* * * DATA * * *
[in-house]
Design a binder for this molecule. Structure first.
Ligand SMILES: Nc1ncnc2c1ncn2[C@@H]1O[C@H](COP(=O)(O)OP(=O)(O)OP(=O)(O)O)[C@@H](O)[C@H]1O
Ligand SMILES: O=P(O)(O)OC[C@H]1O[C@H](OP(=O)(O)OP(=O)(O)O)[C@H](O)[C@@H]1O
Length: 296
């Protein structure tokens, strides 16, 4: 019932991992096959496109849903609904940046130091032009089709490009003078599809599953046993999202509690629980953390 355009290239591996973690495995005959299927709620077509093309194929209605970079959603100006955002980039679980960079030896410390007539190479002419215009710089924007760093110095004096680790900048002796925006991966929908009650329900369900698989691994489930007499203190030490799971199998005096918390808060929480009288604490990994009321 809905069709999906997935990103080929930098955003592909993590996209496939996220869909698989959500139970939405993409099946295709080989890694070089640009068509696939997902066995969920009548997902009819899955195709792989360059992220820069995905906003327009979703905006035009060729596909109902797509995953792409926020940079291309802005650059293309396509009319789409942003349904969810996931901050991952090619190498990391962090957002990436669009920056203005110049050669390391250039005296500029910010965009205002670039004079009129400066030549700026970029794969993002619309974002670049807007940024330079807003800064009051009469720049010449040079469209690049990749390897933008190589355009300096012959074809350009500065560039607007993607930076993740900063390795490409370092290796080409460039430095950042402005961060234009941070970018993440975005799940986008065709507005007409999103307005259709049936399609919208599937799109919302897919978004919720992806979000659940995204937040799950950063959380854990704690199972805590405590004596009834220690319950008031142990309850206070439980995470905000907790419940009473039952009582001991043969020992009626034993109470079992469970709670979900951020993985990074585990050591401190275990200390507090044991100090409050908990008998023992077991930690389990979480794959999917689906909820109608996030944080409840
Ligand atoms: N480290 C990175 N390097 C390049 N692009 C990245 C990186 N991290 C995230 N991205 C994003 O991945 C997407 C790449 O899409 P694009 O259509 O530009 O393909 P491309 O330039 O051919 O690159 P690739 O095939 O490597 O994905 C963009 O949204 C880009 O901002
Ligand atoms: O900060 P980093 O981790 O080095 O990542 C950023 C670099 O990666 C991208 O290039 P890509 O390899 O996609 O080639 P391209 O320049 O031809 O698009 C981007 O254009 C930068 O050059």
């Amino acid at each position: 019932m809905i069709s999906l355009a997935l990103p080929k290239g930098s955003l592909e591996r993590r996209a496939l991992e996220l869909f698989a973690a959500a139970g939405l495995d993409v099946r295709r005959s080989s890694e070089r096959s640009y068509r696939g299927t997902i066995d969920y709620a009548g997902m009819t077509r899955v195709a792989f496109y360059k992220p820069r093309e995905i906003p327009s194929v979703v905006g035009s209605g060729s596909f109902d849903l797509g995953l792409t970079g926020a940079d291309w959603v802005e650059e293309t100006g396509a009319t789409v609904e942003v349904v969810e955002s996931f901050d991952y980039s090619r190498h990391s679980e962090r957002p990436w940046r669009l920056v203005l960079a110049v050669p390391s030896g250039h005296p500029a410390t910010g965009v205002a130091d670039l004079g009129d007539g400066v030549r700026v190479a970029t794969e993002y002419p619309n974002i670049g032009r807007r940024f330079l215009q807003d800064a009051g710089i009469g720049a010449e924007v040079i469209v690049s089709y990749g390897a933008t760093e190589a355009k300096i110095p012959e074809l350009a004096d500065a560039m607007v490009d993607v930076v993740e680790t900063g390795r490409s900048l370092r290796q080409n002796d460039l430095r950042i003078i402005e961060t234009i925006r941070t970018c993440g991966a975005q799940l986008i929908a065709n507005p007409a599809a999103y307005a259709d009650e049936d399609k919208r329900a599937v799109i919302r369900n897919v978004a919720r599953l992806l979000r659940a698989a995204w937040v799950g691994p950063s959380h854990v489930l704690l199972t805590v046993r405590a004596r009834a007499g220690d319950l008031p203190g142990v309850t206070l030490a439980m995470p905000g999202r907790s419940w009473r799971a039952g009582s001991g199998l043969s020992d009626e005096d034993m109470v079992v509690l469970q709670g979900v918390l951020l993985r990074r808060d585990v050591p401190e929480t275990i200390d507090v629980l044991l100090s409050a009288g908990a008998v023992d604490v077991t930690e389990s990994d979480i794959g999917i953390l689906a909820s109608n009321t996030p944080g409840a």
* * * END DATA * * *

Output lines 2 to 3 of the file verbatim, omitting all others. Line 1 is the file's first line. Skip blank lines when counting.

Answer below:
Design a binder for this molecule. Structure first.
Ligand SMILES: Nc1ncnc2c1ncn2[C@@H]1O[C@H](COP(=O)(O)OP(=O)(O)OP(=O)(O)O)[C@@H](O)[C@H]1O